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The art of isolating nitrogen-fixing bacteria from non-leguminous plants using N-free semi-solid media: a practical guide for microbiologists
- Baldani, José Ivo, Reis, Veronica Massena, Videira, Sandy Sampaio, Boddey, Lúcia Helena, Baldani, Vera Lúcia Divan
- Plant and soil 2014 v.384 no.1-2 pp. 413-431
- Saccharum, Triticum aestivum, Zea mays, corn, culture media, endophytes, nitrogen fixation, nitrogen-fixing bacteria, physiology, plant tissues, rhizosphere, soil, sugarcane, wheat, Brazil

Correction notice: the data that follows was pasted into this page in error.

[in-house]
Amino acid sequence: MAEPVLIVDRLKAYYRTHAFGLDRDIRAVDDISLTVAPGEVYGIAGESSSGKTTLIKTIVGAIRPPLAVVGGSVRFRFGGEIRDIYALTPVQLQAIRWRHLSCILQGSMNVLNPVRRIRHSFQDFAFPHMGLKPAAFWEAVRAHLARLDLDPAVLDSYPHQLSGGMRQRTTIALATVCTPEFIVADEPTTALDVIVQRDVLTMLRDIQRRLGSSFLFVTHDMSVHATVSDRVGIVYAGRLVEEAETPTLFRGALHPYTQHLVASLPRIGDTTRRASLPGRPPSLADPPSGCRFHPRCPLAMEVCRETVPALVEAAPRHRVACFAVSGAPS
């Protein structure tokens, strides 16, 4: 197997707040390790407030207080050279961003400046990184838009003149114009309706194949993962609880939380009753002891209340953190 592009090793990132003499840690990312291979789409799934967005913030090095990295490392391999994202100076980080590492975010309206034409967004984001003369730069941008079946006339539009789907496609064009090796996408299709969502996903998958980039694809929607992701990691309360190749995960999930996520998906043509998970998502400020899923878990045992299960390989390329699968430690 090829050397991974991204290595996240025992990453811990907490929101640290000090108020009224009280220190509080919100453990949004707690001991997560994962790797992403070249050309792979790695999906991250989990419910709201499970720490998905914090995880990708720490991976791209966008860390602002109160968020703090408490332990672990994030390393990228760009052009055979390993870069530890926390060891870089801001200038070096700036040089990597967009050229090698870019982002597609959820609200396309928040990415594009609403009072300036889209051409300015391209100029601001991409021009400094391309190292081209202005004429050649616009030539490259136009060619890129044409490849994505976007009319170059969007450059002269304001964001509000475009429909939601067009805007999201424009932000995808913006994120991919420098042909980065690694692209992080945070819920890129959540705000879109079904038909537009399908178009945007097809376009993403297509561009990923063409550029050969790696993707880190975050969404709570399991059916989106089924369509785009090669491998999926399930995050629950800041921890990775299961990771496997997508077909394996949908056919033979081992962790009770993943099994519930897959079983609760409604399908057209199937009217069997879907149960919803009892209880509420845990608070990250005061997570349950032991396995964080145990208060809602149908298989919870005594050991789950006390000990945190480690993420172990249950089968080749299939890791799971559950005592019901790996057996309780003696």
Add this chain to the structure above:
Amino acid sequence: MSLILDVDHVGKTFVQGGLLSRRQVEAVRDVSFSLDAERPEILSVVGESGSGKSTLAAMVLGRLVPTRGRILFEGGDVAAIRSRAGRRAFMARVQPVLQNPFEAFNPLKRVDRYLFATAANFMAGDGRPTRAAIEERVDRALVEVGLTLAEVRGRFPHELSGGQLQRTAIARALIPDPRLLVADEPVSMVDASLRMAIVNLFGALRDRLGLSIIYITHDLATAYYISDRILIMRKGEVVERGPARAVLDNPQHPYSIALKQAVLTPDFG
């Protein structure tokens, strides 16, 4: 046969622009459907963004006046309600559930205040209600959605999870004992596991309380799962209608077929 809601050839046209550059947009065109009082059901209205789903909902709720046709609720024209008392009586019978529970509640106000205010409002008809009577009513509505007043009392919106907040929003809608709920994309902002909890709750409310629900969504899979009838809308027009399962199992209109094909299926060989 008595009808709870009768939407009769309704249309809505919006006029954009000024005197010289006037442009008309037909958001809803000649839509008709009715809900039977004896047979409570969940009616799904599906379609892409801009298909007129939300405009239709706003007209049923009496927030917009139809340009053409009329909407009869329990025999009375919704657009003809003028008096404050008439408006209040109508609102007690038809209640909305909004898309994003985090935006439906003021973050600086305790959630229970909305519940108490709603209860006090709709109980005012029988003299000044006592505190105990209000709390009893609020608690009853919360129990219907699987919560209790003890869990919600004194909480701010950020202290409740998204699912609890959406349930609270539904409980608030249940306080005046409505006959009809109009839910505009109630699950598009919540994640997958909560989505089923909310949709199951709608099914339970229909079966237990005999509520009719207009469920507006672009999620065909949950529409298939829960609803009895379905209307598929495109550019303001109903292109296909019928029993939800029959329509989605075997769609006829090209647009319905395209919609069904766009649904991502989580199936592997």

- BACKGROUND AND AIM: Nitrogen-fixing bacteria or diazotrophs have been isolated for many years using different formulations of N-free semi-solid media. However, the strategies used to isolate them, and the recipes of these media, are scattered through the published literature and in other sources that are more difficult to access and which are not always retrievable. Therefore, the aim of this work was to collate the various methods and recipes, and to provide a comprehensive methodological guide and their use by the scientific community working in the field of biological nitrogen fixation (BNF), particularly with non-leguminous plants. METHODS: Procedures used for bacterial counting and identification either from rhizosphere soil or on the surface of, or within, plant tissues (to access “endophytic” bacteria) are presented in detail, including colony and cell morphologies. More importantly, appropriate recipes available for each N-free semi-solid culture medium that are used to count and isolate various diazotrophs are presented. RESULTS: It is recognized by those working in the field of BNF with non-legumes that the development of the N-free semi-solid medium has allowed a tremendous accumulation of knowledge on the ecology and physiology of their associated diazotrophs. At least 20 nitrogen-fixing species have been isolated and identified based on the enrichment method originally developed by Döbereiner, Day and collaborators in the 70’s. In spite of all the advances in molecular techniques used to detect bacteria, in most cases the initial isolation and identification of these diazotrophs still requires semi-solid media. CONCLUSIONS: The introduction of the N-free semi-solid medium opened new opportunities for those working in the area of BNF with non-legumes not only for elucidating the important role played by their associated microorganisms, but also because some of these bacteria that were isolated using semi-solid media are now being recommended as plant growth-promoting inoculants for sugarcane (Saccharum sp.), maize (Zea mays) and wheat (Triticum aestivum) in Brazil and other countries. Further progress in the field could be made by using a combination of culture-independent molecular community analyses, in situ activity assessments with probe-directed enrichment, and isolation of target strains using modified or standard semi-solid media.